STUDIES: Louisiana Study Reports Stark Death-Penalty Disparities Linked to Race and Gender of Victims

A new study by Professor Frank Baumgartner of The University of North Carolina at Chapel Hill and Tim Lyman, a Documentation Specialist in New Orleans, reports stark disparities in Louisiana death sentences and executions depending upon the race and gender of the homicide victim. The study - to be published in the Loyola University of New Orleans Journal of Public Interest Law - finds that defendants accused of killing white victims are nearly twice as likely to be sentenced to death and nearly four times as likely to be executed than defendants accused of killing black victims. The disparities are even greater when both race and gender are compared. Defendants accused of killing white women are sentenced to death at nearly 12 times the rate of defendants accused of killing black men (56.94 vs. 4.88 death sentences per 1,000 homicides), and executed at a rate that is 48 times higher (11.52 vs. 0.24 executions per 1,000 homicides). The authors find that both the race and gender of victims affect sentencing outcomes in murder cases, but that death sentencing and execution rates are higher in cases involving white victims, irrespective or gender, and in cases involving female victims, irrespective of race. 72% of murder victims in Louisiana since 1976 have been black, but just 33% of death sentence have involved black victims. Cases involving black male victims had the lowest rate of death sentences and executions per homicide of any class of victim. 12,693 black males have been murdered in Louisiana since 1976 (61% of murder victims), with only 3 executions (0.02% of these murders; 8% of Louisiana executions). (Click image to enlarge)

Stanford Law Professor Debunks Myth That The Death Penalty Deters Murder

In an op-ed for Newsweek, Stanford Law Professor John Donohue argues that there is "not the slightest credible statistical evidence that capital punishment reduces the rate of homicide" and presents data to show that the death penalty is not an effective deterrent. Comparisons between neighboring jurisdictions show no effect of capital punishment: "Whether one compares the similar movements of homicide in Canada and the U.S., when only the latter restored the death penalty, or in American states that have abolished it versus those that retain it, or in Hong Kong and Singapore (the first abolishing the death penalty in the mid-1990s, and the second greatly increasing its usage at the same), there is no detectable effect of capital punishment on crime." He cites a 2012 study by the National Academy of Sciences, which, "concluded that there was no credible evidence that the death penalty deters homicides." He also appeals to the psychology of crime and punishment: "Since murderers typically expose themselves to far greater immediate risks, the likelihood is incredibly remote that some small chance of execution many years after committing a crime will influence the behavior of a sociopathic deviant who would otherwise be willing to kill if his only penalty were life imprisonment." Donohue argues that a more effective way of reducing murders "is to take the resources that would otherwise be wasted in operating a death penalty regime and use them on strategies that are known to reduce crime," such as improved policing. Donohue concludes, "With zero evidence that the death penalty provides any tangible benefits and very clear indications of its monetary, human and social costs, this is one program about which there can be little debate that its costs undeniably outweigh any possible benefits."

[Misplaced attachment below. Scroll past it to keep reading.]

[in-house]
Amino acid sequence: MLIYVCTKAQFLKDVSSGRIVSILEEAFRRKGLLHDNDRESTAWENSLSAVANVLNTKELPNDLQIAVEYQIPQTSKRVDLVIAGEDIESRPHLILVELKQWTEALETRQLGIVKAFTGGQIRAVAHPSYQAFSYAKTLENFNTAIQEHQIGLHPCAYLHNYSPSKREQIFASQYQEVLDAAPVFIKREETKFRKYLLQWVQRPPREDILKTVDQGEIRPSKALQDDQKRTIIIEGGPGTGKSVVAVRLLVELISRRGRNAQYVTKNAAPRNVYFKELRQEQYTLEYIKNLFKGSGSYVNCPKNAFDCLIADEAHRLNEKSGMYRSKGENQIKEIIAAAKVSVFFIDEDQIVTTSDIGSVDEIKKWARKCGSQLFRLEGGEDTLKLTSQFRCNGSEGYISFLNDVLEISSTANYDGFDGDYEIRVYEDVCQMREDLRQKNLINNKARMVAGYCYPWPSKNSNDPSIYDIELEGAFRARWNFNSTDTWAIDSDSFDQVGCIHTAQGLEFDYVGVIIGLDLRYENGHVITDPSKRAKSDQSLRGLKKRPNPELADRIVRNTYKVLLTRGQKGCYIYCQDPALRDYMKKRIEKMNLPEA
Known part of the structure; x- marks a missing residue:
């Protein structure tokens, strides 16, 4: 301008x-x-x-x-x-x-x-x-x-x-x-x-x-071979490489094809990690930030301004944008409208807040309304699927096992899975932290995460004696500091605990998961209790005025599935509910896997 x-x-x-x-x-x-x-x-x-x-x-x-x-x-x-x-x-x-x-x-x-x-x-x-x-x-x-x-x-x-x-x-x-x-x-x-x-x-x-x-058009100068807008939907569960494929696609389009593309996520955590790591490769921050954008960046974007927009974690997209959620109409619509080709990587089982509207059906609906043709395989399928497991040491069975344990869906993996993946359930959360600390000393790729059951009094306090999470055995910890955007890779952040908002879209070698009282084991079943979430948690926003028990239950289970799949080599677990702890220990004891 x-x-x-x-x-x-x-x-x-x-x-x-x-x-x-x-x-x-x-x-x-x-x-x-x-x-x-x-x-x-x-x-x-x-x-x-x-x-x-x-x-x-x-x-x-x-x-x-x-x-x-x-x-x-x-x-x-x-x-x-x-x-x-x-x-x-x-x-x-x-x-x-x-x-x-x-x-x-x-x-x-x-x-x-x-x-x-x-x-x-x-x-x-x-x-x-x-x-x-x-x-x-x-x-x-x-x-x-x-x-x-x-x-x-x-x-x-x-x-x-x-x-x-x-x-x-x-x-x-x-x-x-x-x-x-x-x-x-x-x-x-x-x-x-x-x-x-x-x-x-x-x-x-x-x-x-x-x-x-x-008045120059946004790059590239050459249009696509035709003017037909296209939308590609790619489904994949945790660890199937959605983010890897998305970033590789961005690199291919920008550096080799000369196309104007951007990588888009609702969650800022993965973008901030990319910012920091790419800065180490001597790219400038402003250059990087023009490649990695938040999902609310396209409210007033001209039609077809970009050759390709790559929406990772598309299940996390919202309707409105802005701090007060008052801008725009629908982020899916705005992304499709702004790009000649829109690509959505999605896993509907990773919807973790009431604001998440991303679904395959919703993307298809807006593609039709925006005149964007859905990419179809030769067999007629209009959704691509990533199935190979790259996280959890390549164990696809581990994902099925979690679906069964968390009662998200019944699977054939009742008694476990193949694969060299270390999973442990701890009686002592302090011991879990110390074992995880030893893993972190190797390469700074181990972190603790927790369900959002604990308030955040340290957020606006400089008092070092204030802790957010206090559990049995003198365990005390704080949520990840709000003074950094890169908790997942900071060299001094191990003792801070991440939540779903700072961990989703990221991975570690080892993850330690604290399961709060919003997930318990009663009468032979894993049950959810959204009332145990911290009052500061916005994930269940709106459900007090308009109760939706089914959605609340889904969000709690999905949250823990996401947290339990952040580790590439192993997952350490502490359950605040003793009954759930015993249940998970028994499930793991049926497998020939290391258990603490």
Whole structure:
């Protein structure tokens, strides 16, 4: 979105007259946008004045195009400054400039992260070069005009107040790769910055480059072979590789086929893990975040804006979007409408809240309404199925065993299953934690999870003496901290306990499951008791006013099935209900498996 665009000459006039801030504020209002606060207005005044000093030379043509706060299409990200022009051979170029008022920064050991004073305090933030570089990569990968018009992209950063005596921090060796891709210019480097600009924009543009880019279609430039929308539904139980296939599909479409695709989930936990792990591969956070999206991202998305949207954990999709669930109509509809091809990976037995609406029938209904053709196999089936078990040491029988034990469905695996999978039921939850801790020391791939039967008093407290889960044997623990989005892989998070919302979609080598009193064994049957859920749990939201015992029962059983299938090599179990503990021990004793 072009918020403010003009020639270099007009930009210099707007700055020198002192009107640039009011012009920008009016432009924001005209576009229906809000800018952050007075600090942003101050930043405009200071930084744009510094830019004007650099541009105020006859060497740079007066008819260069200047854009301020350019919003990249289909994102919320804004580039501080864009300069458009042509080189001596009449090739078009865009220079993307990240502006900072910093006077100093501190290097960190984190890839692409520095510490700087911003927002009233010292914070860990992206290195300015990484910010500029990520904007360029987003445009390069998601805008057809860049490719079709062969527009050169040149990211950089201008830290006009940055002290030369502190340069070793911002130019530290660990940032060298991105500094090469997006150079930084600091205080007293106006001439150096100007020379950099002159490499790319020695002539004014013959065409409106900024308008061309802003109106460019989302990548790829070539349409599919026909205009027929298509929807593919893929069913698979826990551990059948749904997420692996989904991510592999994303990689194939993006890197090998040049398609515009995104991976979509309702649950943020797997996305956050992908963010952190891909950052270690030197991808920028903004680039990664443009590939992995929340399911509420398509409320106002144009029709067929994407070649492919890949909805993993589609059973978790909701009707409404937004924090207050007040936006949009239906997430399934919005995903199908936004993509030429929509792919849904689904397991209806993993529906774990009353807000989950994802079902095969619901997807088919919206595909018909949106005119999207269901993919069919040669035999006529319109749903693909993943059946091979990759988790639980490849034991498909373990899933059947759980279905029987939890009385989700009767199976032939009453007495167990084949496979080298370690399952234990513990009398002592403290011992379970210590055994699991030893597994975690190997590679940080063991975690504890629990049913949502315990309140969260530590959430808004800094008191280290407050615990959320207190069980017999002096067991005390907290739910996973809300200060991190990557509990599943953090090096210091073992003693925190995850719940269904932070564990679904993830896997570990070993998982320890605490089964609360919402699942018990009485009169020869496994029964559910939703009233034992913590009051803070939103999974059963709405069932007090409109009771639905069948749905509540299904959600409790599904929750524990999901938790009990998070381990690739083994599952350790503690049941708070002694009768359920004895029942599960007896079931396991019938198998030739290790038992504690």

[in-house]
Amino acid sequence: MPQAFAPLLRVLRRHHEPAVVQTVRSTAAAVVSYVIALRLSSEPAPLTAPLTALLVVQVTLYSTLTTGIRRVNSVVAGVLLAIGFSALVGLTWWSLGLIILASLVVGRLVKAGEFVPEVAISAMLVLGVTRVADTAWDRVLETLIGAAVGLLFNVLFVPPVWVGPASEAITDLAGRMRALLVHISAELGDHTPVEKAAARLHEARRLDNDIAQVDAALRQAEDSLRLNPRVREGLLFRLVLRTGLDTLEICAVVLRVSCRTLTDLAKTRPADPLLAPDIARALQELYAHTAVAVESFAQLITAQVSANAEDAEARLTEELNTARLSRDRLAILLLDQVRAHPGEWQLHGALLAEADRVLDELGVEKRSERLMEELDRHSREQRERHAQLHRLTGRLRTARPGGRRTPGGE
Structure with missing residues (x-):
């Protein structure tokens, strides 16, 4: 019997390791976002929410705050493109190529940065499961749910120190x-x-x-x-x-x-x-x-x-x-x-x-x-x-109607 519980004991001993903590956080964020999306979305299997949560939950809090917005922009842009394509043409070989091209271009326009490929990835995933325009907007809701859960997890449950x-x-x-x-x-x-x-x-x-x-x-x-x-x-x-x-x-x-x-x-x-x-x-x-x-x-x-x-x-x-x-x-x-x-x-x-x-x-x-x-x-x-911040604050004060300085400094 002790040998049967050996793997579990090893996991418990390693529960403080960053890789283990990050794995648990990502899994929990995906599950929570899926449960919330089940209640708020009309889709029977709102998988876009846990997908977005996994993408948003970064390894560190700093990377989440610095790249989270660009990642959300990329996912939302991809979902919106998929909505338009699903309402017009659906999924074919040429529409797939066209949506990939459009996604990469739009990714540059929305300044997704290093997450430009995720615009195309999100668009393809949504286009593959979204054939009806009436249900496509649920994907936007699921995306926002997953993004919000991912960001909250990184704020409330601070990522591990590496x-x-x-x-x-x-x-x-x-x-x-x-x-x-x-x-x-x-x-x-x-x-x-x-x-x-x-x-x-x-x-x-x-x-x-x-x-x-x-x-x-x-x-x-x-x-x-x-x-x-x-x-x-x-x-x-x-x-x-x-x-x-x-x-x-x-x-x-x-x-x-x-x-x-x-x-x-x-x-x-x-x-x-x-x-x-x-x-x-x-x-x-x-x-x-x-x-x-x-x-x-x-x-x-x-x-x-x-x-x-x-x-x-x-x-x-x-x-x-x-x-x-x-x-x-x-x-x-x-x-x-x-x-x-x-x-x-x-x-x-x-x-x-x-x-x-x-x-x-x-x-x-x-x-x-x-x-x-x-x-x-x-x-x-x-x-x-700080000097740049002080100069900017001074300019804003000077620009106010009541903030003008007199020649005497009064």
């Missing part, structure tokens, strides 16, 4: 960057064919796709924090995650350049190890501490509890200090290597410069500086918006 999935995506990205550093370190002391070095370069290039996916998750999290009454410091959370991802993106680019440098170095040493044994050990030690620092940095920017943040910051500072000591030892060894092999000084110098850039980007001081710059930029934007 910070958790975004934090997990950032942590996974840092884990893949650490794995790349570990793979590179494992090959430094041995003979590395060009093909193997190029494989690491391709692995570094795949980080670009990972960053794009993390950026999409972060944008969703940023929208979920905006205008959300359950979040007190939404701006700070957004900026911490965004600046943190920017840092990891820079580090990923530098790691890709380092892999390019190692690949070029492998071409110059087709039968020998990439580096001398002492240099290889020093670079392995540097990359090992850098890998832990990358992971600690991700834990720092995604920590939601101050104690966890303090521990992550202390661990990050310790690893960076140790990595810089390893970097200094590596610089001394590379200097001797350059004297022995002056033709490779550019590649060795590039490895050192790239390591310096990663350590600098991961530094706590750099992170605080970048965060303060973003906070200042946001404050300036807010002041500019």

STUDIES: Racial Bias in Jury Selection

A new study of trials in Caddo Parish, Louisiana, revealed that potential jurors who were black were much more likely to be struck from juries than non-blacks. The results were consistent with findings from Alabama, North Carolina, and other parts of Louisiana, highlighting an issue that will be reviewed by the U.S. Supreme Court this fall. In Caddo Parish, an area known for its many death sentences, prosecutors used peremptory strikes against 46% of black jurors, but only 15% of other jurors, according to the study by Reprieve Australia. The racial composition of the juries appeared to make a difference in the ultimate outcome of the cases. The study found that no defendants were acquitted by juries with 2 or fewer black jurors, but 19% were acquitted when 5 or more jurors were black. In an Alabama study, prosecutors used peremptory strikes to remove 82% of eligible black potential jurors from trials in which the death penalty was imposed. A study of death penalty cases in North Carolina found that prosecutors struck 53% of black potential jurors but only 26% of others. (Click image to enlarge.)